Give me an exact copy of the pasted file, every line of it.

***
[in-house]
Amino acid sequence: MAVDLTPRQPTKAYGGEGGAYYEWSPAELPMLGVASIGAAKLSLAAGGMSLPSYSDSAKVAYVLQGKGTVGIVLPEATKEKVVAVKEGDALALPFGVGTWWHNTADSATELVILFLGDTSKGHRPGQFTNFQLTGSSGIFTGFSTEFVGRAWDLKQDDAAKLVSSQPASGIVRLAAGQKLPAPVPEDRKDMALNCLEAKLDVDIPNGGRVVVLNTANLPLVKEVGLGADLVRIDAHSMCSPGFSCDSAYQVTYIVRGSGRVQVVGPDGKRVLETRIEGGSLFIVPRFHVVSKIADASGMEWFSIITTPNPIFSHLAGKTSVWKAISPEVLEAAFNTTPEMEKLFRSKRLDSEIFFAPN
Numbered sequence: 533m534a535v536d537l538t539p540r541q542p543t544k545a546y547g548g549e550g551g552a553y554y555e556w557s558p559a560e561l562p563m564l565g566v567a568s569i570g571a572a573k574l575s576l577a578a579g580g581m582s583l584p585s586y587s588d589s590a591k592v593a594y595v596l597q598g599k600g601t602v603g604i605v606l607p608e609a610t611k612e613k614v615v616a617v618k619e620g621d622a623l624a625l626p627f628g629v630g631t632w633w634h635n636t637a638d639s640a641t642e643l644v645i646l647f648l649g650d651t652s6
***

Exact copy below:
[in-house]
Amino acid sequence: MAVDLTPRQPTKAYGGEGGAYYEWSPAELPMLGVASIGAAKLSLAAGGMSLPSYSDSAKVAYVLQGKGTVGIVLPEATKEKVVAVKEGDALALPFGVGTWWHNTADSATELVILFLGDTSKGHRPGQFTNFQLTGSSGIFTGFSTEFVGRAWDLKQDDAAKLVSSQPASGIVRLAAGQKLPAPVPEDRKDMALNCLEAKLDVDIPNGGRVVVLNTANLPLVKEVGLGADLVRIDAHSMCSPGFSCDSAYQVTYIVRGSGRVQVVGPDGKRVLETRIEGGSLFIVPRFHVVSKIADASGMEWFSIITTPNPIFSHLAGKTSVWKAISPEVLEAAFNTTPEMEKLFRSKRLDSEIFFAPN
Numbered sequence: 533m534a535v536d537l538t539p540r541q542p543t544k545a546y547g548g549e550g551g552a553y554y555e556w557s558p559a560e561l562p563m564l565g566v567a568s569i570g571a572a573k574l575s576l577a578a579g580g581m582s583l584p585s586y587s588d589s590a591k592v593a594y595v596l597q598g599k600g601t602v603g604i605v606l607p608e609a610t611k612e613k614v615v616a617v618k619e620g621d622a623l624a625l626p627f628g629v630g631t632w633w634h635n636t637a638d639s640a641t642e643l644v645i646l647f648l649g650d651t652s6